On the Banks of the River Jordan

Written by John Reppion
Cover by Meggan Kehrli
Haunted History Series #7

Printings: March 2010 (150 copies)
Style: A5, staple-bound pamphlet
Length: 20 page

Order direct from Moore & Reppion via


 “Going through my notes I came across a mass of material concerning Princes Park—the Victorian park adjacent to where I live—which I gathered whilst researching my book 800 Years of Haunted Liverpool.

The thing is, even though I managed to include several pages of Toxteth tales in my book, there was so much I couldn’t include due to space restrictions. Much of this remainder data is still “raw”: photocopied newspaper articles, printouts, poorly written notes and the like. My first thought was that it should be possible to work through the data and turn it into something resembling a history of the park, but I must admit that I am already struggling. I’m sure there is an obvious angle, a path winding through these disparate elements that would draw the whole thing together, but I’m afraid I can’t see the wood for the trees at the moment.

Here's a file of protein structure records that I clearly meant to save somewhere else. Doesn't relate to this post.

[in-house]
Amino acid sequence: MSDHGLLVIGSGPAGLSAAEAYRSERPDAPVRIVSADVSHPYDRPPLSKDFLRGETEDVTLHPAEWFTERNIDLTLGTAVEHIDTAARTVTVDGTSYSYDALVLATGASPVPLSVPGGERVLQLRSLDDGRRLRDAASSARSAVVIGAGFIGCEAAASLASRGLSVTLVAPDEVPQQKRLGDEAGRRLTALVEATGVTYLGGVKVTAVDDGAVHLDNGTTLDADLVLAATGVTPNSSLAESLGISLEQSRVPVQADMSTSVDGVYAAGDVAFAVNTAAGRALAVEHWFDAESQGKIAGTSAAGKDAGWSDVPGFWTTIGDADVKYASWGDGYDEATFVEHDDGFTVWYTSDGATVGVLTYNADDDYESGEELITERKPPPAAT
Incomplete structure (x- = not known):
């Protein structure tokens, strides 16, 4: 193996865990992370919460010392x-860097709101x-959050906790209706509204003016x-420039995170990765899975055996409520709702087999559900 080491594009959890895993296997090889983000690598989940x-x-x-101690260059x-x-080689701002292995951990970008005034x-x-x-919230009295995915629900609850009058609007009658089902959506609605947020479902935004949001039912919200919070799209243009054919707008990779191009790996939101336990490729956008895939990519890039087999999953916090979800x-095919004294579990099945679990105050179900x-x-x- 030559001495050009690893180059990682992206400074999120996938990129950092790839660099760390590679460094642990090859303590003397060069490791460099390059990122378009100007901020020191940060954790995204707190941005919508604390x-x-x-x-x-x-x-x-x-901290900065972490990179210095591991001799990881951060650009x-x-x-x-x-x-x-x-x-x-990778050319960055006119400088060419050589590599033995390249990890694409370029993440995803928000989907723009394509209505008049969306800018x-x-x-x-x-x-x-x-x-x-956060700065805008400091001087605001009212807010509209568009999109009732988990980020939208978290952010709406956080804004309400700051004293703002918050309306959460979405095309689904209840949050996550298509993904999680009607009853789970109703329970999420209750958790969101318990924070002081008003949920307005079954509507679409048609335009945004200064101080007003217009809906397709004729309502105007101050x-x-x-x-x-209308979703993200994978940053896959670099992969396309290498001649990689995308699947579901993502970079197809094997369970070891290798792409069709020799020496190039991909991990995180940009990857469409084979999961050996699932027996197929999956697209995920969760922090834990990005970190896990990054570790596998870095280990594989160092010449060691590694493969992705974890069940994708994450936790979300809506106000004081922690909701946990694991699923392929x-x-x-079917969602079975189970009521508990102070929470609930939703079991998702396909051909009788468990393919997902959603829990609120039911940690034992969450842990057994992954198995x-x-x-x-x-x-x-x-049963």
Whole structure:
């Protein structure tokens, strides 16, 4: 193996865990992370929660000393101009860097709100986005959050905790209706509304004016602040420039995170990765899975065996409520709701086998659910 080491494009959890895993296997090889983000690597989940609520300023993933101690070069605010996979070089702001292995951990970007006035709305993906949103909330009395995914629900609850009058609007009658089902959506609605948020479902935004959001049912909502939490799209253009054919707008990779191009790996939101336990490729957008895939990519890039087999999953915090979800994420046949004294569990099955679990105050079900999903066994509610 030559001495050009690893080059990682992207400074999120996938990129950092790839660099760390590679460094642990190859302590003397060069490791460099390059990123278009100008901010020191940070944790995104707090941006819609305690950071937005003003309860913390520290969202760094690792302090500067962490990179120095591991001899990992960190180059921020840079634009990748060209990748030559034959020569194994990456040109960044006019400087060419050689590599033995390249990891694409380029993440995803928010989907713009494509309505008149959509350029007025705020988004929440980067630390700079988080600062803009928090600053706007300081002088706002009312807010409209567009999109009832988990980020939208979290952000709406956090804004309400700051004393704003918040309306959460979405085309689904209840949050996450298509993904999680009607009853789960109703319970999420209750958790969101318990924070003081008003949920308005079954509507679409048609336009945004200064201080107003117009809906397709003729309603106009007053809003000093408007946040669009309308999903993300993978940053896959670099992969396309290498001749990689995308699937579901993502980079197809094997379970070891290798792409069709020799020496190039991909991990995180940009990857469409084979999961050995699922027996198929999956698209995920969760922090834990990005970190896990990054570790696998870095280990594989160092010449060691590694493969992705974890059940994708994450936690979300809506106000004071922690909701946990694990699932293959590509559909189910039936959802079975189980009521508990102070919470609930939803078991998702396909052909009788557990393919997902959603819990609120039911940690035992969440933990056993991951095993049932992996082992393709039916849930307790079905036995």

“This small volume packs a punch with a surprise ending that will keep you up at night.” – Rebecca MacPherson, March 2010

“Having purchased it along with his ‘Haunted Liverpool’ book – and having visited the park several times when I lived in Liverpool – one can clearly guess the inspiration behind such a classic short horror story in the Lovecraftian tradition.” – Michael Molcher, March 2010

I’m a sucker for horror that blends the real and unreal, blurring the boundaries along the way and this story does it very well indeed.” – Colin Leslie, April 2010

Short yet entirely satisfying and enjoyable, for those of us who love a quick spine chill then this is well worth checking out, a great read.” – James MOMB, May 2010

In an appropriate time and place, reading On the Banks of the River Jordan can make one question their own security in a world filled with the spectres of bygone horrors, just like other great weird stories incorporating history do.” – Grim Blogger, May 2010

This is a beautifully crafted ghost story that blends reality and superstition into a seamless world that so closely resembles the real one that you can only hope the noises outside aren’t as nearby as they seem. “- Charity VanDeberg, June 2010


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